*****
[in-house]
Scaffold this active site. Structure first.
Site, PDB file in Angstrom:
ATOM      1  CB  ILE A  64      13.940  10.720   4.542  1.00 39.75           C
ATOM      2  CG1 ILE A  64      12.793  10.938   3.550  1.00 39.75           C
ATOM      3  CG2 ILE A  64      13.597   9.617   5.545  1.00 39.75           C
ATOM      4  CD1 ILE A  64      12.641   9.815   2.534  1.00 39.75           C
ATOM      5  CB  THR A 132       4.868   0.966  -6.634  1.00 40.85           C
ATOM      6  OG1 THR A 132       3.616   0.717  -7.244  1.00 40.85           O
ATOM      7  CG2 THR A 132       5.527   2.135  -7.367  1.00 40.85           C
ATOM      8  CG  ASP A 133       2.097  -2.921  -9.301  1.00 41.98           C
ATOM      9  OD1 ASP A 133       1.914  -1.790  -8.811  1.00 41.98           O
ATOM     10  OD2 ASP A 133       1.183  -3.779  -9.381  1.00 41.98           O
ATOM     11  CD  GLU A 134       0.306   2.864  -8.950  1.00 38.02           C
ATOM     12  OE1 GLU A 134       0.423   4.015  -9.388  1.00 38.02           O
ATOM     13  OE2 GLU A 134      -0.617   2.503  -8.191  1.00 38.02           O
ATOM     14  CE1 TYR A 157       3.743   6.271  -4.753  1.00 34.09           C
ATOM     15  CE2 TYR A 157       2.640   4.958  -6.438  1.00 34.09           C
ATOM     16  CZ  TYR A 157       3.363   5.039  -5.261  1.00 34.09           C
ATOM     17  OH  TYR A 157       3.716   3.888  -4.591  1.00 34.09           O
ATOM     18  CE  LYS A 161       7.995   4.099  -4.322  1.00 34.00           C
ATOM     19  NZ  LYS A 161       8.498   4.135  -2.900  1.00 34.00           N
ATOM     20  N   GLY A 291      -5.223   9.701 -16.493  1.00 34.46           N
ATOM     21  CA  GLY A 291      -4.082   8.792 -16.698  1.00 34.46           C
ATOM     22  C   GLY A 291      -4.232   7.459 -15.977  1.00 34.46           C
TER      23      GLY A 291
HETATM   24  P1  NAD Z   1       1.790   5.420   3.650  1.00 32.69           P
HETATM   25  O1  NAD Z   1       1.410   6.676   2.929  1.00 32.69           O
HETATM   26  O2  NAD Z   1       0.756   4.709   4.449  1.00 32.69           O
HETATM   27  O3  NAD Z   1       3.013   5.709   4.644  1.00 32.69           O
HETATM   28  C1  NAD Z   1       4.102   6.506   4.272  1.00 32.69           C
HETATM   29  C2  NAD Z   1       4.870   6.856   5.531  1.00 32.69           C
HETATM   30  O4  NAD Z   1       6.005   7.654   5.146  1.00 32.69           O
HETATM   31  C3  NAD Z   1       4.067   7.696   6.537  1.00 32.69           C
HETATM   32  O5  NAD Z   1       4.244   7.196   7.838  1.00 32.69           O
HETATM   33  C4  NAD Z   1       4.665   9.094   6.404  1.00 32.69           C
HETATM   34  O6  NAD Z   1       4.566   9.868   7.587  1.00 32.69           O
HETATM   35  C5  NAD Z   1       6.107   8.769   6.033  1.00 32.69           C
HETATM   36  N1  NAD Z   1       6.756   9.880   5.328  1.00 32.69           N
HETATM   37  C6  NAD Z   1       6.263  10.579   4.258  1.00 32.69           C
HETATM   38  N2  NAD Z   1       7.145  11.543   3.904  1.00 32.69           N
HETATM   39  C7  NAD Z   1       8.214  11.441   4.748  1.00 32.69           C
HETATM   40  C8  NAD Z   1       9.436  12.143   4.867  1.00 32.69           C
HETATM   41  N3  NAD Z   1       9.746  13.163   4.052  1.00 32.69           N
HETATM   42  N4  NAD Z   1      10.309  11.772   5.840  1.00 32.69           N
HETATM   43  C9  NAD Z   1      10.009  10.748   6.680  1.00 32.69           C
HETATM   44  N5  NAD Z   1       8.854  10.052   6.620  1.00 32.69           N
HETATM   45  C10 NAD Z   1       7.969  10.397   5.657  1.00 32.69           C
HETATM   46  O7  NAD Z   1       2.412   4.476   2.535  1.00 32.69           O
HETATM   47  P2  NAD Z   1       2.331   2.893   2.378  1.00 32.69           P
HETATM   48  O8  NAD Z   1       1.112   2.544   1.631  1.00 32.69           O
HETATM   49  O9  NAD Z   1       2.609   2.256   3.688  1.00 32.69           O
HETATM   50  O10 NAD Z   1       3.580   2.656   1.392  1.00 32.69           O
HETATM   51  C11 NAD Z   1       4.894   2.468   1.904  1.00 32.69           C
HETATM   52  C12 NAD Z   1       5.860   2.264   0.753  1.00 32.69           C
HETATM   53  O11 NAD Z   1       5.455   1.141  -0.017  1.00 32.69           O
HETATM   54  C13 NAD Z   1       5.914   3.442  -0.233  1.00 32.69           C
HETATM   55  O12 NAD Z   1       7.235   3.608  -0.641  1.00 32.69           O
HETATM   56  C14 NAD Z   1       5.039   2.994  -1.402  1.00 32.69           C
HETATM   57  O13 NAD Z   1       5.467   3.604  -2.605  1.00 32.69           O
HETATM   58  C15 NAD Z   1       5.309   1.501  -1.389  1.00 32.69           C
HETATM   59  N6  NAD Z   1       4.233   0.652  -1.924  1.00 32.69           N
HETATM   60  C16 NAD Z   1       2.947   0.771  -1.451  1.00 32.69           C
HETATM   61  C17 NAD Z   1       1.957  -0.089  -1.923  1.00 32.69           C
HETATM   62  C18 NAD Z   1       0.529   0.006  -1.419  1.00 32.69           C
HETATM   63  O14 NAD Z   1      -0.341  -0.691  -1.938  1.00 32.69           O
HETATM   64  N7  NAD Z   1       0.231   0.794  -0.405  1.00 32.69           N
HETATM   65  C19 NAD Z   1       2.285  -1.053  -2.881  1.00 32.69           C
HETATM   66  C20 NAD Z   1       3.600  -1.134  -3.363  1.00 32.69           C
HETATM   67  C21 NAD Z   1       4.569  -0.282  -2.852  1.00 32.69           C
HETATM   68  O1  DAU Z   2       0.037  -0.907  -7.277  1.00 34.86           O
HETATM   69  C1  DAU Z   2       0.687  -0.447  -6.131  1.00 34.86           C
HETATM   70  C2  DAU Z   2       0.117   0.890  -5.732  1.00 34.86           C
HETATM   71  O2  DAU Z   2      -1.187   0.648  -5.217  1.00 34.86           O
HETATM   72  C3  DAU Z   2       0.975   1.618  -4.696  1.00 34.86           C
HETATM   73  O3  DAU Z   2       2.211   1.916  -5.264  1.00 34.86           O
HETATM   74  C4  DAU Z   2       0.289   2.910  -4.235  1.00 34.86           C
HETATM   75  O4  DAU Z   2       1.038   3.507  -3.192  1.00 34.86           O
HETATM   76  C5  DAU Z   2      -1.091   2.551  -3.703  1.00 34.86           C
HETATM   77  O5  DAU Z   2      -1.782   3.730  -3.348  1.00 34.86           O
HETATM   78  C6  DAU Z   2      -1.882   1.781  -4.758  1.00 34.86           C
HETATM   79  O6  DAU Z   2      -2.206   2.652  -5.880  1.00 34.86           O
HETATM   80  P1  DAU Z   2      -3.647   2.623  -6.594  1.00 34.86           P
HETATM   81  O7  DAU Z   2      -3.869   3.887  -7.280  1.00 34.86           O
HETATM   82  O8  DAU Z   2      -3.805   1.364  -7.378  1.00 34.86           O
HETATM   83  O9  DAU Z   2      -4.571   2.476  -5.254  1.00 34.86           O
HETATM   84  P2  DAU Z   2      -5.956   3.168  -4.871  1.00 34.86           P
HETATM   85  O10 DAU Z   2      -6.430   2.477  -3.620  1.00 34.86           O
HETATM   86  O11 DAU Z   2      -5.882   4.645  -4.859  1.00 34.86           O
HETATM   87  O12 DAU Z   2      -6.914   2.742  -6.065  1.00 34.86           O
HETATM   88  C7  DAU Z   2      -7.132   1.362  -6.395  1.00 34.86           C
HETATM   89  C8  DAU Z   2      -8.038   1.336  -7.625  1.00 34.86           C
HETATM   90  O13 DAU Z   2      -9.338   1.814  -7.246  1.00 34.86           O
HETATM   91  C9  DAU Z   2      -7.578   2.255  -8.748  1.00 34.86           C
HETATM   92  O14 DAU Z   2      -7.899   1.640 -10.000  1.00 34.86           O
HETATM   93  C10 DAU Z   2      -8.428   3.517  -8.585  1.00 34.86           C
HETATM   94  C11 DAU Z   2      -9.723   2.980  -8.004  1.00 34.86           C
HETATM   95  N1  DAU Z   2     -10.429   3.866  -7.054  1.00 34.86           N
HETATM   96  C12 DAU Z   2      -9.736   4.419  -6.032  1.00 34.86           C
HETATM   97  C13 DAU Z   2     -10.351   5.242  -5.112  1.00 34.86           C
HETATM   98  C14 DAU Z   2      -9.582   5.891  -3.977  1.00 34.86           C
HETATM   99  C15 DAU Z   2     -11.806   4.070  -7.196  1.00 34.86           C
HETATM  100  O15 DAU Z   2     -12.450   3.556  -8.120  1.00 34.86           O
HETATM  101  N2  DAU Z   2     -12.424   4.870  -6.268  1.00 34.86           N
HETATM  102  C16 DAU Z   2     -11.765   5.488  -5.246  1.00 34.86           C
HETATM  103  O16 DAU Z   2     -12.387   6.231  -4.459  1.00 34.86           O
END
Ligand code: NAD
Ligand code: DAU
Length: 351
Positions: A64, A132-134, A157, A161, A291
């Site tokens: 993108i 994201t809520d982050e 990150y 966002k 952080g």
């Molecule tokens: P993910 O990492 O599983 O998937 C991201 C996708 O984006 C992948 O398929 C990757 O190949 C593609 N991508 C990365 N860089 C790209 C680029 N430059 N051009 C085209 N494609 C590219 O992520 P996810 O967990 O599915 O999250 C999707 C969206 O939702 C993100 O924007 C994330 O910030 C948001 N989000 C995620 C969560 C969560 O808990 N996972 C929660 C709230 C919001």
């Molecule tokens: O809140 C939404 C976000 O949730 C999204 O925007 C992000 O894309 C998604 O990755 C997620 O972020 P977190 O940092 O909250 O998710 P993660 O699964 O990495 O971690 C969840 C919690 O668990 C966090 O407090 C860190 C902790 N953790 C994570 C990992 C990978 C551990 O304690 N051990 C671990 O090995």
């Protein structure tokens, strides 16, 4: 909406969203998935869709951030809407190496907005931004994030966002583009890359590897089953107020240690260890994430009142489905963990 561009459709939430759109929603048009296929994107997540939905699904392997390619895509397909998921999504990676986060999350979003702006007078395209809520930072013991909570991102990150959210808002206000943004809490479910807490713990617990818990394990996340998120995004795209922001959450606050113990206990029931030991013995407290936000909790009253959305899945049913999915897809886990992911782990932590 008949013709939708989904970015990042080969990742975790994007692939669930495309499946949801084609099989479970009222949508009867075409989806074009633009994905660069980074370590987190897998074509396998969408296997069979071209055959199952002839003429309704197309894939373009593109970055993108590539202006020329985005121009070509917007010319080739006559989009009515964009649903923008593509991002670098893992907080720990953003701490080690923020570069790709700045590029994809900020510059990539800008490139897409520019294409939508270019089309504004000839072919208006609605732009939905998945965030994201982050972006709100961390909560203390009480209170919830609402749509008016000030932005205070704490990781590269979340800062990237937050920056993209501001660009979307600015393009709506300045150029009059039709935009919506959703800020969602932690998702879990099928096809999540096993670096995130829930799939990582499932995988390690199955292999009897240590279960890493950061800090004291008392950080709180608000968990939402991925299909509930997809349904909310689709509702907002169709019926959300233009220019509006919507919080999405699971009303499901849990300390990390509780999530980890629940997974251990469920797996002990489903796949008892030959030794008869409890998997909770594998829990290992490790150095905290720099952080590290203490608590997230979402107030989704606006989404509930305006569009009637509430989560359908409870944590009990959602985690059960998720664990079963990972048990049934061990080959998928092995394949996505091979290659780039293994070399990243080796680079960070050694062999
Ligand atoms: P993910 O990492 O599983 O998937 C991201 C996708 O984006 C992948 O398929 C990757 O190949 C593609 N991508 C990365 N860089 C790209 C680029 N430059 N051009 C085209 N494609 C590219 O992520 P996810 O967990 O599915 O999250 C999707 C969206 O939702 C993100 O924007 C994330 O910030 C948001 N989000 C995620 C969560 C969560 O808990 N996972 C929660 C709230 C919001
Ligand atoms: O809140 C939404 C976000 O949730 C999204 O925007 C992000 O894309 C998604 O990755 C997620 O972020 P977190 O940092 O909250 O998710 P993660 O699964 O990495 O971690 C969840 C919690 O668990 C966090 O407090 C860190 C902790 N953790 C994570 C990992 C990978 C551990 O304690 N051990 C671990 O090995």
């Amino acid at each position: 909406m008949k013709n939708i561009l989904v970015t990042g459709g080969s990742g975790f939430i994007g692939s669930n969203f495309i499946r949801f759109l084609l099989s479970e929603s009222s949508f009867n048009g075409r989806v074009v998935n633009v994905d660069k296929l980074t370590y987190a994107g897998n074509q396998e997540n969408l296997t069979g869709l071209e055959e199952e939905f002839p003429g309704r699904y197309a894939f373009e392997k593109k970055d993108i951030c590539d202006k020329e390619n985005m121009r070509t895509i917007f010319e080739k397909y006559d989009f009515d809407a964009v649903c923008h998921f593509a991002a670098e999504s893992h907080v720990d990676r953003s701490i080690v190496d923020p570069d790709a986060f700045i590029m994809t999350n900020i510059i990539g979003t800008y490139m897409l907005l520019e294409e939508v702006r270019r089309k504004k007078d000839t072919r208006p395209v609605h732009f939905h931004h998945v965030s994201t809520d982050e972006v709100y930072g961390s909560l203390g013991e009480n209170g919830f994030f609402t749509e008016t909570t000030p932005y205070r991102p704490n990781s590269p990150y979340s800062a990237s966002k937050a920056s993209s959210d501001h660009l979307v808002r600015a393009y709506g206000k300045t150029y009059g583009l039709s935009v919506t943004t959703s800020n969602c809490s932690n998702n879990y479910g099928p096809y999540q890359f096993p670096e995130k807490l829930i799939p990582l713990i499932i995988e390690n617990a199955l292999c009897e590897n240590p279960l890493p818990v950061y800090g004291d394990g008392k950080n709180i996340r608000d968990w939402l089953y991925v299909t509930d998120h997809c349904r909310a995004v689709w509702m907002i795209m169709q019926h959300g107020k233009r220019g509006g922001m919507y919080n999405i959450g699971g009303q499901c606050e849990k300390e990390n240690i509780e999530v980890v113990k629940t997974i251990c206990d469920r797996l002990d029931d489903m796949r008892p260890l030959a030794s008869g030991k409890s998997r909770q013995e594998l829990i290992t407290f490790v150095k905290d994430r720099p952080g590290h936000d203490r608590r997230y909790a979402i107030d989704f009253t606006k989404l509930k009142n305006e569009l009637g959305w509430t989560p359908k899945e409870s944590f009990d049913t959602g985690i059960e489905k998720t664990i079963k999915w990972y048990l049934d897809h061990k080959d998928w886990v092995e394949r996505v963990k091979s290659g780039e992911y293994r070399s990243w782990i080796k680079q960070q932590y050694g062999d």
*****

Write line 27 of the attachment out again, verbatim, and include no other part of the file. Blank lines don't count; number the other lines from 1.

HETATM   24  P1  NAD Z   1       1.790   5.420   3.650  1.00 32.69           P